I have tested the new stainless steel hose with a small initiator chamber of 130ccm. Both the DN20 and the DN16 works with 1 meter hose. This is great news!
More testing is needed as I just confirmed that the new hoses will generate a loud boom, but I haven't tested how fast I can shoot them with the existing gas mixer (weed burner) yet. Neighbors start to wonder where the sounds come from, so I'll wait till its dark with more testing, maybe drive outside of town for testing
Small update on big progress!
I went into the woods to shoot using the DN16 metal hose, I was down to 365ms. Small progress.
I then made a version of the sound cannon that I could mount on one of my 1100mm foam airplanes. The total weight of the plane without the cannon was 1.4kg, with the cannon almost 2kg. The first attempt to take off ended with a broken wing and fuselage 2 days ago. I glued the plane together again and tweaked some small things including the center of gravity of the plane and tried again yesterday. BIG progress, the thing works in the air too! And it sounds really awesome even though the rate of fire is lower than what I can achieve on the ground.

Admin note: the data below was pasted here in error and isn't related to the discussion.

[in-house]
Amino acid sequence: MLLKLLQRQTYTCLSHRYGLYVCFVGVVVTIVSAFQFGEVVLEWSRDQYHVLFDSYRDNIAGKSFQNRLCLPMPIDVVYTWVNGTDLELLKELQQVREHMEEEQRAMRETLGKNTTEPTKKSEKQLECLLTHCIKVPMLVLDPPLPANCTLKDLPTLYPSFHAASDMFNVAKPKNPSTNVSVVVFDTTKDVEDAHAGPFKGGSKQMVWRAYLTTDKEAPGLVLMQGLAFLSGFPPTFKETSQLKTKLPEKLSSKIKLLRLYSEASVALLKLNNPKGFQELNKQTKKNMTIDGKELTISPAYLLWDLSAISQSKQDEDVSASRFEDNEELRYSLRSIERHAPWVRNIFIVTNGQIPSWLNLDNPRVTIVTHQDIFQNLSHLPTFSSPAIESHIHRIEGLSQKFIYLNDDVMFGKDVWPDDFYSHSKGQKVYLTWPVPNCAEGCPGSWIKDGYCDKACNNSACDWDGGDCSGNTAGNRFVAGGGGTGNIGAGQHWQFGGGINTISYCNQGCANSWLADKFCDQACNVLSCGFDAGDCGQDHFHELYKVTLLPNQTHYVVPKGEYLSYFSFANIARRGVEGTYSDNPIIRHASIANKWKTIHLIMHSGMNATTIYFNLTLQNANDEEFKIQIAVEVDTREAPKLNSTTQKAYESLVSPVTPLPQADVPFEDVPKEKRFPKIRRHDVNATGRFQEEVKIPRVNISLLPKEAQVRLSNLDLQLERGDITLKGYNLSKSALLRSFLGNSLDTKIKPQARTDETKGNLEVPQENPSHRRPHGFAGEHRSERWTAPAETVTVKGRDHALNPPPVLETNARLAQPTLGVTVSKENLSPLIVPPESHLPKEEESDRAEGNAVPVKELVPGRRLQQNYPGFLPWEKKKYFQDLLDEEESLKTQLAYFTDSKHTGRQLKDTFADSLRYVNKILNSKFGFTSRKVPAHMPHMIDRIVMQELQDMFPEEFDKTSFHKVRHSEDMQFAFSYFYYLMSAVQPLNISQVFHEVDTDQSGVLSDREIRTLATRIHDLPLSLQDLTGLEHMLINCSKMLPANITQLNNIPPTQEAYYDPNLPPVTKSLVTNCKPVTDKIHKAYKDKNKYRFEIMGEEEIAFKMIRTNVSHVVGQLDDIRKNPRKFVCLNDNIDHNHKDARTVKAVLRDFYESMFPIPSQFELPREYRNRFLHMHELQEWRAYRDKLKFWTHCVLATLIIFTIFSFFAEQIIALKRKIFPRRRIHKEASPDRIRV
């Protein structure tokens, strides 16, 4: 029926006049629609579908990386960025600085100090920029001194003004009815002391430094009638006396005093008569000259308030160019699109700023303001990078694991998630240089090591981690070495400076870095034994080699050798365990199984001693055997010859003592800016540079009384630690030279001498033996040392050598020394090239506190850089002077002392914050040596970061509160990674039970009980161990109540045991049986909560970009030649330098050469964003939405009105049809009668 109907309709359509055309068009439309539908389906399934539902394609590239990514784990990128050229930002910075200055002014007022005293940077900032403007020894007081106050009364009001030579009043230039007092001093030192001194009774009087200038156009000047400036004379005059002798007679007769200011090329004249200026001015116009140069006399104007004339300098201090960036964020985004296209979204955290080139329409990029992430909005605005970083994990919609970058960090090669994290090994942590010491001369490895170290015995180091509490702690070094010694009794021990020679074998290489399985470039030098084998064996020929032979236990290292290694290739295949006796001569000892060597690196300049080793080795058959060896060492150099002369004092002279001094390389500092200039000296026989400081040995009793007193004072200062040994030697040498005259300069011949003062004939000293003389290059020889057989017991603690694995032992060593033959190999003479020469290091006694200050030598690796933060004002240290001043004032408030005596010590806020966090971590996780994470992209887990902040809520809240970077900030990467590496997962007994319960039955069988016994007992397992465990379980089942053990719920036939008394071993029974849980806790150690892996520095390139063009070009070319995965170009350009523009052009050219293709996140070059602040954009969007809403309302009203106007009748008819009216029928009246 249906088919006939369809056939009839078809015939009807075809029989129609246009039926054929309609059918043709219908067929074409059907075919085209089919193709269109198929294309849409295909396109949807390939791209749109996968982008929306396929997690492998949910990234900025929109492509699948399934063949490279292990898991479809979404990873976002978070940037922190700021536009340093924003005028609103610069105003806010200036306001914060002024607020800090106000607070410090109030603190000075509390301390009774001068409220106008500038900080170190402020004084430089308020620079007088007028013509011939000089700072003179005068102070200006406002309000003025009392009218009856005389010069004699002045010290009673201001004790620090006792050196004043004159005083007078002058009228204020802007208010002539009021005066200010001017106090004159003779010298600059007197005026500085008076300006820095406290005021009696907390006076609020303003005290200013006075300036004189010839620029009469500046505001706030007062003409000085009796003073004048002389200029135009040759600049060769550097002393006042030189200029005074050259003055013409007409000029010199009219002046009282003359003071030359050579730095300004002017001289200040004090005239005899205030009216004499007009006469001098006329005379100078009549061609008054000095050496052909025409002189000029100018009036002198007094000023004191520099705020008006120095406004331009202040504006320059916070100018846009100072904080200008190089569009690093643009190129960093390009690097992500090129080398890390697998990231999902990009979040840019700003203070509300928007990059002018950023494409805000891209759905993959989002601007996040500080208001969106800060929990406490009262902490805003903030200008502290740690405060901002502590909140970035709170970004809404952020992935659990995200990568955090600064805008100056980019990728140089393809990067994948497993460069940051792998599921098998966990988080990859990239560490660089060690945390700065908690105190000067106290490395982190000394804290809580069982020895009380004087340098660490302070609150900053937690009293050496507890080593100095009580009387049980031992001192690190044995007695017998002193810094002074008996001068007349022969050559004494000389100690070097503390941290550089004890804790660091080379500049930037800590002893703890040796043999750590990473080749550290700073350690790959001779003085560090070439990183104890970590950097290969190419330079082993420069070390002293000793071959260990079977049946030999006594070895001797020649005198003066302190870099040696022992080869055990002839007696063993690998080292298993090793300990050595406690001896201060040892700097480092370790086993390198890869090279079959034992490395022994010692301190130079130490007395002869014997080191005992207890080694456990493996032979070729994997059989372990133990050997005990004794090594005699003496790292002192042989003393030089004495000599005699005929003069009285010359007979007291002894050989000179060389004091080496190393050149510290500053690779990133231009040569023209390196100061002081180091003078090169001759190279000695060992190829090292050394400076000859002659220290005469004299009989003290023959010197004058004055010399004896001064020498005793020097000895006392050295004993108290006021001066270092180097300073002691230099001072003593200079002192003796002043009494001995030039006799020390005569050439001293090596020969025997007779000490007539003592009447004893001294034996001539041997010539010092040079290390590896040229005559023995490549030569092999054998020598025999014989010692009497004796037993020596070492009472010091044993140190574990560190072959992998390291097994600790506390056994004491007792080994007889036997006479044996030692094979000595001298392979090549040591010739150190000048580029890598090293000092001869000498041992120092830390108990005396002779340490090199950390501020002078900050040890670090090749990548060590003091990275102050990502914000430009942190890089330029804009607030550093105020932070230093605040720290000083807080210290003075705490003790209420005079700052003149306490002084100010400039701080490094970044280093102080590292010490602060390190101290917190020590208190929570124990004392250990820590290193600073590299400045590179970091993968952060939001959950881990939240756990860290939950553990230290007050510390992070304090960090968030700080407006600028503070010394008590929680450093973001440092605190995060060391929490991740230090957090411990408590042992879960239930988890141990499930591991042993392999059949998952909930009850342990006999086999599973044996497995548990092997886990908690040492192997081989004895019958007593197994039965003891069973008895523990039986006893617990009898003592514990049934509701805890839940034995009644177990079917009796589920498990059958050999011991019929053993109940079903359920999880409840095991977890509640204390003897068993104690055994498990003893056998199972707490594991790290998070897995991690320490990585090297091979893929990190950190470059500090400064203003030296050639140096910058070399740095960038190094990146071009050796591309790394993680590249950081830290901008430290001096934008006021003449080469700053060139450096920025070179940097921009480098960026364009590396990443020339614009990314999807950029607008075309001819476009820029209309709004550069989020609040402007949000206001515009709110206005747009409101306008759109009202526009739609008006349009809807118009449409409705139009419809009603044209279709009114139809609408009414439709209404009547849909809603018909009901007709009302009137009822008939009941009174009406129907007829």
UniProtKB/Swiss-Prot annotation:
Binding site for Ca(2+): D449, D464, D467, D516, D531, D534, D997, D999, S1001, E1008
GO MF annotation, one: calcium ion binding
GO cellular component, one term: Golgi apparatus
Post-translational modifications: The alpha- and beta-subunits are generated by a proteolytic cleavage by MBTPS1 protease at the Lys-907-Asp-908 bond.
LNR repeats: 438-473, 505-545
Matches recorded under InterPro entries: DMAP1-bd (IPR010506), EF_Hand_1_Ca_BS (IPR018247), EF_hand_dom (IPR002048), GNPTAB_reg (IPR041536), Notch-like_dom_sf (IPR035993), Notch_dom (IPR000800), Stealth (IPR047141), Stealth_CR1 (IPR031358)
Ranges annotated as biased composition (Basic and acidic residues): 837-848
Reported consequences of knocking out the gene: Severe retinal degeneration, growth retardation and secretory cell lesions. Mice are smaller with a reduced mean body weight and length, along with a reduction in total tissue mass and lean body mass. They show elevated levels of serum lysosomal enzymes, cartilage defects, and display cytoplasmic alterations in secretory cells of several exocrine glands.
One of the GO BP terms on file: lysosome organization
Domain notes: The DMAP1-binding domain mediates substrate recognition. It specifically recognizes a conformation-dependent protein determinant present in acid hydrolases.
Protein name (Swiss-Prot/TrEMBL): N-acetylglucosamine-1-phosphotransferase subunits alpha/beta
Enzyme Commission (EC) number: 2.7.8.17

The electric motor of the plane burned out mid flight, probably due to the fact that I had to run it at full power, but I got it down safely anyway.
Watch the video!
Just noticed this thread pop up to the main page again - all I can say is WOW! Great progress!
Love seeing more work done in the field of detonations!
Good luck in your future ventures - Do you have a picture of how the noise maker is installed in/on the RC plane? And what is your theory/hypothesis regarding the rate of fire being lower in flight vs. on the ground?
mobile chernobyl, thanks, it's just so much fun to build this and I hope you all enjoy me sharing my experiences.
I just took some photos of the installation. The plane was a model I had crashed previously and was not the most suitable for the job, but I couldn't wait to test it in the air any longer so I fixed the plane and installed the sound cannon.